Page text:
Anti-Pork Coburn Wants Full Audit of Pentagon Spending

WASHINGTON – Lawmakers and defense experts proposed on Wednesday a slew of reforms to military spending, hoping to find a balance between military preparedness and efficiency.


While it is important for the U.S. military to be prepared for any unforeseen conflicts that may arise, Sen. Tom Coburn (R-Okla.), speaking at an event co-hosted by Concerned Veterans for America and the Weekly Standard, said there are many opportunities for the Defense Department to operate more efficiently.

As examples, Coburn noted the consolidation of the Air Force’s operations at its three strategic depots over the past 18 months, which he said would save $1.6 billion, and Army requests for $2.5 billion for equipment needs that can be met for $100 million.

“The problem is culture and the problem is leadership,” Coburn said in regards to inefficiency in military spending.

He said the top generals running the Air Force depots changed the culture of the organization by changing how they run the depots, which resulted in over a billion dollars in savings outside of the requirements under sequestration.

Coburn said these generals bought into an idea that culture has to be centered on “what is the goal and how to get it done efficiently and effectively and below budget.”

“If you look what is in front of us in terms of our finances and debt, it’s gonna be even more important that we get value for everything we do,” Coburn said. “We need to have the strongest, best, most flexible, and most efficient military in the world to be able to carry out a cogent foreign policy. We also need to be able to afford it.”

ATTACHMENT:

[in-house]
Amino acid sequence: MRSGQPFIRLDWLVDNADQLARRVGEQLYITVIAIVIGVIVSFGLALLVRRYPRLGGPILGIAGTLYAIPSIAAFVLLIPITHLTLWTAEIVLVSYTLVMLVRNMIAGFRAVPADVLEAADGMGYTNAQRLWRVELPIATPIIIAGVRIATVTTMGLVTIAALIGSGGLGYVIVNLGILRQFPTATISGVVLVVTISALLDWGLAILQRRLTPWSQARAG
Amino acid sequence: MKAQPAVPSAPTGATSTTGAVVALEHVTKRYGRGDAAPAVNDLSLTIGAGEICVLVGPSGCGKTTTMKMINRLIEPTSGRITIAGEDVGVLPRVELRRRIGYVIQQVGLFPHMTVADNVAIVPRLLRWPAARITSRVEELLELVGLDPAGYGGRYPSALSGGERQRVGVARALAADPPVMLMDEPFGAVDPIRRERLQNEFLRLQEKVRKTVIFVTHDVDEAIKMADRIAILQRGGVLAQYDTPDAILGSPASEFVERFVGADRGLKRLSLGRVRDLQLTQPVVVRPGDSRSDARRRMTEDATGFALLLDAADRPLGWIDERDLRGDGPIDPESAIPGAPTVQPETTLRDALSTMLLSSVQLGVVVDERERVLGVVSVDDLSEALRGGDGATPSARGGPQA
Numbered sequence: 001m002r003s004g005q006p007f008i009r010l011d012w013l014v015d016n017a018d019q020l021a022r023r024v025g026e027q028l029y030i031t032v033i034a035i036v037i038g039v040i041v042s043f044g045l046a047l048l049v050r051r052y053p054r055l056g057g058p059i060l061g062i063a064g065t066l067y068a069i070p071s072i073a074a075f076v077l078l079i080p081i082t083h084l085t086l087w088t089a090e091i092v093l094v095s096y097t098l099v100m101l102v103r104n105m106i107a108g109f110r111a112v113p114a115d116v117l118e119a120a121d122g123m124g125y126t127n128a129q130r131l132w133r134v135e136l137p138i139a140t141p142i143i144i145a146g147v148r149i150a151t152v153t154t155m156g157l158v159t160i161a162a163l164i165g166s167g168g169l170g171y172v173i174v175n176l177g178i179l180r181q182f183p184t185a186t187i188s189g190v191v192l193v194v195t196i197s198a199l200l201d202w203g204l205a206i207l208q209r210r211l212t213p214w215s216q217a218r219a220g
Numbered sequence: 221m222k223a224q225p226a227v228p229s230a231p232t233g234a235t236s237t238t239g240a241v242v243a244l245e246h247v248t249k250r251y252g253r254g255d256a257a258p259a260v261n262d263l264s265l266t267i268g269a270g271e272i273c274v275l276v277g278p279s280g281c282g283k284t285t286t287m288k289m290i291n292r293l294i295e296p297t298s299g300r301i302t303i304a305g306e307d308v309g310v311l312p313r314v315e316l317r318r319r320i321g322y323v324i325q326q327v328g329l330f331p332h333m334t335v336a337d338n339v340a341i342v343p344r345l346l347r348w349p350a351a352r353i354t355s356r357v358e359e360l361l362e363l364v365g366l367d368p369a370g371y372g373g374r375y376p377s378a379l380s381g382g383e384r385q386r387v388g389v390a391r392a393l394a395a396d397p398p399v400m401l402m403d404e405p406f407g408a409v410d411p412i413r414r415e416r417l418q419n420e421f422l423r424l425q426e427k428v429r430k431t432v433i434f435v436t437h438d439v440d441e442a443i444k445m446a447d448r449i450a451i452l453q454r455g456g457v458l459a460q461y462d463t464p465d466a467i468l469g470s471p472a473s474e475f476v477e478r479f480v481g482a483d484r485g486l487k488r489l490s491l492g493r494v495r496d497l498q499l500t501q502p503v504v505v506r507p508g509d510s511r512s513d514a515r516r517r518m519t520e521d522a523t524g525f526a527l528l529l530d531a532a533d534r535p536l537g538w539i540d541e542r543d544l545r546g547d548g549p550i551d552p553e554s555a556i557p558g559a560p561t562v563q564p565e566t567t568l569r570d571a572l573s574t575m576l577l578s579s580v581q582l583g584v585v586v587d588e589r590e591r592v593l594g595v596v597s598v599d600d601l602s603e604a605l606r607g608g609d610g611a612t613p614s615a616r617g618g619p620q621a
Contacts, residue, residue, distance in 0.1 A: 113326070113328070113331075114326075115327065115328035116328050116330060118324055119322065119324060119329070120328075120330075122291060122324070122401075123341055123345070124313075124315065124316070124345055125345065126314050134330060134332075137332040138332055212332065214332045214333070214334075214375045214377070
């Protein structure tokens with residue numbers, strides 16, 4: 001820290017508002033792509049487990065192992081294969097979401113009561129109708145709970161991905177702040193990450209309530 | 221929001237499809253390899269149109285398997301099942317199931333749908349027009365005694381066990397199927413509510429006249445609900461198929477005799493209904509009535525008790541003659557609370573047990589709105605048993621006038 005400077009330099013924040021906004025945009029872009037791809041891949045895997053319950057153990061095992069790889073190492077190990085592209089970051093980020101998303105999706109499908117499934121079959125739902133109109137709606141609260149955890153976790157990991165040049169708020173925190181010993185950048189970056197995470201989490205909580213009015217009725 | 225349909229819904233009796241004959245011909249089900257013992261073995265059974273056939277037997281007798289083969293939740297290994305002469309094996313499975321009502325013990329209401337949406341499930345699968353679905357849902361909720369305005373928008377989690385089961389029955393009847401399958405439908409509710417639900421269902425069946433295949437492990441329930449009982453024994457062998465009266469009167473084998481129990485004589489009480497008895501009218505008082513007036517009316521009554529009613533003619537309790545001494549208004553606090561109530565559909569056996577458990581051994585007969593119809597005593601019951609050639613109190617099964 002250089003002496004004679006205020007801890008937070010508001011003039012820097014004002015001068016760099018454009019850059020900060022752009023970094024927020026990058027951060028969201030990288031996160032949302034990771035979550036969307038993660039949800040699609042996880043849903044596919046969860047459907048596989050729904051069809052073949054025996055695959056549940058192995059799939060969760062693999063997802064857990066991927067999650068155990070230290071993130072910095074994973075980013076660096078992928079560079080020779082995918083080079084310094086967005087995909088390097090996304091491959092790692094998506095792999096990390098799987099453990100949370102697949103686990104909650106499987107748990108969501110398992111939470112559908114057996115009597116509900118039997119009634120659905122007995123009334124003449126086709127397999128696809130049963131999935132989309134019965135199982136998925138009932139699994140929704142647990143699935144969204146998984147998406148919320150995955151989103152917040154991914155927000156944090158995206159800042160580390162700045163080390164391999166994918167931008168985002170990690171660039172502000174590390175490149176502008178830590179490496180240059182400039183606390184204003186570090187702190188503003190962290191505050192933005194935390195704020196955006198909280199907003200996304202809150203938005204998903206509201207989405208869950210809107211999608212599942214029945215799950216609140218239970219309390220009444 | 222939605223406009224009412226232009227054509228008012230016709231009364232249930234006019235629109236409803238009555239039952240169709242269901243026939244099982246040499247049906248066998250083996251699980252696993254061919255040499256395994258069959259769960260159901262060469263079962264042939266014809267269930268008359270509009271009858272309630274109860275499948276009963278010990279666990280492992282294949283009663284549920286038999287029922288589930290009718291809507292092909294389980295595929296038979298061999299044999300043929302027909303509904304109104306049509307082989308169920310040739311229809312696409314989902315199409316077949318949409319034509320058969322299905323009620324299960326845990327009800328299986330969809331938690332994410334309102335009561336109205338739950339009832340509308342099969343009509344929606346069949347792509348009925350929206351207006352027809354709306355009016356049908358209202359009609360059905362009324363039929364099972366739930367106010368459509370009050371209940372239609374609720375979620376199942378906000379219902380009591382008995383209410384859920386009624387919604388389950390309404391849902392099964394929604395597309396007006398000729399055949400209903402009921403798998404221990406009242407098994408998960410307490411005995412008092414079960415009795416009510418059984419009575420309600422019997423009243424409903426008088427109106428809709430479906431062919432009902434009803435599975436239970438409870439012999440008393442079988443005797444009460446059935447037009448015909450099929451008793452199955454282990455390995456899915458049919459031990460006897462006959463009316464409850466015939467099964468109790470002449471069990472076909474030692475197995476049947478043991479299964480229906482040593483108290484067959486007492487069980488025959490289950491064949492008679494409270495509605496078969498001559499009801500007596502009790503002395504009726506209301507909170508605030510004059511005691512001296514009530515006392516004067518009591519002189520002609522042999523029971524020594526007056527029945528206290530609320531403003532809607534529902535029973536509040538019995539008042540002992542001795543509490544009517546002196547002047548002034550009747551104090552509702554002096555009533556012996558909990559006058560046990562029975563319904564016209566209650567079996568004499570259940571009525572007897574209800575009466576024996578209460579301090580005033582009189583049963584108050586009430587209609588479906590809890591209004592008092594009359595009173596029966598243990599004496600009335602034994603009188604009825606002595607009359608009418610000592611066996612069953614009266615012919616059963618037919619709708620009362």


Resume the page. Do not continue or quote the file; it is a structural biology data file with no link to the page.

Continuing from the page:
Coburn and Sen. Joe Manchin (D-W-Va.) introduced a bill Tuesday aimed to push the Pentagon toward being ready for a full financial audit by restricting spending on major weapons programs if the Defense Department fails to get its books in order.


“We know that about $20 billion a year, the military doesn’t have any idea where they spend it,” Coburn said. “You can’t manage what you can’t measure. It’s impossible.”

Under the Audit the Pentagon Act of 2013, if the Defense Department fails to obtain a clean audit opinion by 2018, the military services would be barred from spending money to fund new major acquisition programs beyond what is knows as “Milestone B.” This means the services would not be able to implement the production and deployment phase of a particular defense system.

In 2009, Congress mandated the Defense Department pass a financial audit by the end of fiscal year 2017. The Pentagon has vowed to become “audit-ready” before the deadline.

The Pentagon, which is responsible for more than half of the federal government’s discretionary spending, has never achieved a full financial audit. The Pentagon’s financial management has landed on the Government Accountability Office’s (GAO) High Risk List every year since the mid-1990s. GAO has classified the Defense Department’s financial management as having a “high risk, of fraud, waste, abuse, and mismanagement.”

“The idea under the Constitution was that Congress is to appropriate money and the agencies are to give an account,” Coburn said. “The Pentagon can’t give an account on where it spends its money.”